I was having excruciating back and pelvic pain along with muscle spasms for a few days, even after having rested and taken muscle relaxers. I thought, because it had been almost a week and the pain was intensifying, that there might be a serious underlying cause. When I woke up and could barely move, I went to the emergency room of a local hospital.
I waited two hours to be seen (they kept taking other patients, who arrived much later, before me – and there were only a couple other patients). I also observed many visitors going back and forth, unchecked, into two different entrances of the actual emergency room. When I asked the receptionist if I had time to get a drink or go to the bathroom, she asked if I wanted to provide a urine sample. This seemed out of place, as I was in the waiting area and had not been seen by anyone. I said that giving a urine sample was not my intention, I just wanted to check to see if I had the time to leave the waiting area for a bit, and she responded by saying they could give me a catheter. It seemed strange, so I just went and sat down – I did not want a catheter and I could barely concentrate at that point because of the pain.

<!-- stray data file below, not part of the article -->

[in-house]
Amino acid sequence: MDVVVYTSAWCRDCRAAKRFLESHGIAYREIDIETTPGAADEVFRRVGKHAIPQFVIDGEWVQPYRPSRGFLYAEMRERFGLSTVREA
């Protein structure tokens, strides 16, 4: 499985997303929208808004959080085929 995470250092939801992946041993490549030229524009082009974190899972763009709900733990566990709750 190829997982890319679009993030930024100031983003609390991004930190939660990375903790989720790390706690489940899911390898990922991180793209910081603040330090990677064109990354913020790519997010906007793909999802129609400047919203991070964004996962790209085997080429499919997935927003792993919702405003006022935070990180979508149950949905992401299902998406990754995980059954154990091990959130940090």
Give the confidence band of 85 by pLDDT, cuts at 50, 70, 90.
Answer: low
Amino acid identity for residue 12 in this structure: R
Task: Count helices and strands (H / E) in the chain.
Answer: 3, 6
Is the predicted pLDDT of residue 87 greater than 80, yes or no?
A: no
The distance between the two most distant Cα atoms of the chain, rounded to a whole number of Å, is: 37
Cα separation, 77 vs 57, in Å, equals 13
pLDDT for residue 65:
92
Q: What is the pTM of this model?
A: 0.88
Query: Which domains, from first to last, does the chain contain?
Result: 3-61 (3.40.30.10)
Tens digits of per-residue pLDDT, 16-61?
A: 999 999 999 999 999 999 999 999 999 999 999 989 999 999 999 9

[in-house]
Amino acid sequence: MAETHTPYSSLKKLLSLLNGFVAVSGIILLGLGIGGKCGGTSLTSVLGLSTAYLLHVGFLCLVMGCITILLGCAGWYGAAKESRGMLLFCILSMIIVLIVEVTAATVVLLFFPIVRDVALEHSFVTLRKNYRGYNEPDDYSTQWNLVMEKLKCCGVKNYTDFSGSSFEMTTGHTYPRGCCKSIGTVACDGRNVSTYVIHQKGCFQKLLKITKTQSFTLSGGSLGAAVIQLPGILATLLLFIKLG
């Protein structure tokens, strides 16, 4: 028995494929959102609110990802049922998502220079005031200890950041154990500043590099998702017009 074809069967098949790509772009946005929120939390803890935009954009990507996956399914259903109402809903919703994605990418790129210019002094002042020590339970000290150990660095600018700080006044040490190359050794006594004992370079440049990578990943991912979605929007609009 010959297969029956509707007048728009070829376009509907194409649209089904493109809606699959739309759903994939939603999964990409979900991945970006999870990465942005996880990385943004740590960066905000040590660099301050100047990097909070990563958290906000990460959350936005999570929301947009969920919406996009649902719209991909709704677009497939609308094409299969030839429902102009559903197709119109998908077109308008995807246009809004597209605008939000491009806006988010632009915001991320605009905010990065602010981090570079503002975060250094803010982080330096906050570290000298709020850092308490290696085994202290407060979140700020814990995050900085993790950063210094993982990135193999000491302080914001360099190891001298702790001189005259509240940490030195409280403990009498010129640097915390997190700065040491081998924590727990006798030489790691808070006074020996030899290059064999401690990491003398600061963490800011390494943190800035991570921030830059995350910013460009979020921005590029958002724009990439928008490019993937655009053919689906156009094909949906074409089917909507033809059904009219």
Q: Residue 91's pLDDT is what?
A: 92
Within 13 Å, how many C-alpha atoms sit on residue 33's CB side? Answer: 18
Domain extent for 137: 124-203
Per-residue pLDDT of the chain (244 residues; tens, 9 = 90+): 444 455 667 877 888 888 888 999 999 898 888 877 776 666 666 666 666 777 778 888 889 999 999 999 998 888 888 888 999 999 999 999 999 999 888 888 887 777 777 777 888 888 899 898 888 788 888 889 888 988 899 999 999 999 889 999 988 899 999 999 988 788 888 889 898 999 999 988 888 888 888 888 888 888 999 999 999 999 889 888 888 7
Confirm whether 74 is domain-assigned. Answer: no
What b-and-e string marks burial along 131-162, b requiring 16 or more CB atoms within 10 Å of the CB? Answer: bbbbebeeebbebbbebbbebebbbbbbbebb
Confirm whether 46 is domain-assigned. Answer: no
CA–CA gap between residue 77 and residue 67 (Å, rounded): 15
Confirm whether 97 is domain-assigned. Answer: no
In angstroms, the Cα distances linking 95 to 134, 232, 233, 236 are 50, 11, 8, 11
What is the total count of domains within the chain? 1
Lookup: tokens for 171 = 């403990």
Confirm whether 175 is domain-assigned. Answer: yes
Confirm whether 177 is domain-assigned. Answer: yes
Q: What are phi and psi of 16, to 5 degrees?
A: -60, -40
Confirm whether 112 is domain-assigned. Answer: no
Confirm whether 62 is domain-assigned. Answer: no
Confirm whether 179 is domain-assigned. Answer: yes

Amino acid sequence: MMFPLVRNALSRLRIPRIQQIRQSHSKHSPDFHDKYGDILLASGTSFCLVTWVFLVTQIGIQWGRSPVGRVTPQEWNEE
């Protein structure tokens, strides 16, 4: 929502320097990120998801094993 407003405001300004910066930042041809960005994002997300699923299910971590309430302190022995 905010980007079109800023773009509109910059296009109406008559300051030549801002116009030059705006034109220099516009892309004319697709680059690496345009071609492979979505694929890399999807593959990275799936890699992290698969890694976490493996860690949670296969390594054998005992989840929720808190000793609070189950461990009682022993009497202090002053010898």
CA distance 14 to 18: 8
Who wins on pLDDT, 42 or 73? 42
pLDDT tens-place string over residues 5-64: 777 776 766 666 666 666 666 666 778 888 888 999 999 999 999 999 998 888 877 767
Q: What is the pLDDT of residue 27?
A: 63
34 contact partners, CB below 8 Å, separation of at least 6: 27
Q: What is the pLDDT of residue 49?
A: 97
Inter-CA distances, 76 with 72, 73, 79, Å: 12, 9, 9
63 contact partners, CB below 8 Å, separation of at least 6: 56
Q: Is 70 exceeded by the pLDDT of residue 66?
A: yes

When I was taken to my room, it had plastic wrappers and miscellaneous stuff on the floor, and when I went to throw away a tissue, the garbage can had food and drinks in it. It didn’t seem particularly sanitary, and at this point, I was nervous. The people who took my vital signs and the nurse insisted on my sitting on the hospital bed even though it was extremely painful to climb onto it because of the height. They estimated my height and weight – no concrete measurements of any kind and certainly not because I couldn’t step up on a scale – they just omitted actually measuring me for no reason. The doctor had a nurse prepare three shots for me without asking if I was willing to take them. When I asked what the shots were, and why they were necessary, and the answer was “Pain.” She wouldn’t tell me anything else about the shots. That was a paltry description from someone who wants to inject something near or in my spine, and the place already looked unclean, so I asked for an alternative oral medication. They said they would have to charge me for the shots regardless of whether they gave them to me, and at that point, I was scared and hurt and I didn’t care about the cost. This was before the test results came back from urinalysis and before my x-ray was taken. The initial pain medicine did not help very much, and they x-rayed me even though I could not achieve the positions they wanted because my pain was so bad. During all this time, I could see and hear the nurses and receptionist and various other staff members standing around talking about their personal lives and chatting on the phone about their personal lives. People were eating and socializing throughout the ER. The nurse with the shot was right outside my door and said she wanted to quit, but stayed at King’s Daughters because she liked socializing with her work friends, and said she had her hands full with a “difficult patient.” I think she was referring to me. I heard other patients’ visitors complaining to the nursing staff because they felt the patients’ treatment was subpar and that they were being ignored. I only had my friend in the waiting room, and I was intimidated – if I complained, they seemed like mean people who would treat me even worse, so I didn’t at the time.